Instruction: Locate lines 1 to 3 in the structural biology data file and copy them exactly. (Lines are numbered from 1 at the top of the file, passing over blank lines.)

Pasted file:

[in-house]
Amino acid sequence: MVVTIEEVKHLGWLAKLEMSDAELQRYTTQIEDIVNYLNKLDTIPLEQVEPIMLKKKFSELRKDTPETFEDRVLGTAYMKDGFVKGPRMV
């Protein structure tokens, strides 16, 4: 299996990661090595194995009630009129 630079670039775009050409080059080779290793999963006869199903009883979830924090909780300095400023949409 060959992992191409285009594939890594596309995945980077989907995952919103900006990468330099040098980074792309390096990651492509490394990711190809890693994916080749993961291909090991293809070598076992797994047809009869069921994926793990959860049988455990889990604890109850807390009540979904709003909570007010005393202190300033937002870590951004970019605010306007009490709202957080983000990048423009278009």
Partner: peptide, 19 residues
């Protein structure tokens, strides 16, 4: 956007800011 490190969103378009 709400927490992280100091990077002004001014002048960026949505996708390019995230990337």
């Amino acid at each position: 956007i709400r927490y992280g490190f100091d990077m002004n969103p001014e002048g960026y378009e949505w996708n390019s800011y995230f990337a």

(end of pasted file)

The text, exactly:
[in-house]
Amino acid sequence: MVVTIEEVKHLGWLAKLEMSDAELQRYTTQIEDIVNYLNKLDTIPLEQVEPIMLKKKFSELRKDTPETFEDRVLGTAYMKDGFVKGPRMV
């Protein structure tokens, strides 16, 4: 299996990661090595194995009630009129 630079670039775009050409080059080779290793999963006869199903009883979830924090909780300095400023949409 060959992992191409285009594939890594596309995945980077989907995952919103900006990468330099040098980074792309390096990651492509490394990711190809890693994916080749993961291909090991293809070598076992797994047809009869069921994926793990959860049988455990889990604890109850807390009540979904709003909570007010005393202190300033937002870590951004970019605010306007009490709202957080983000990048423009278009």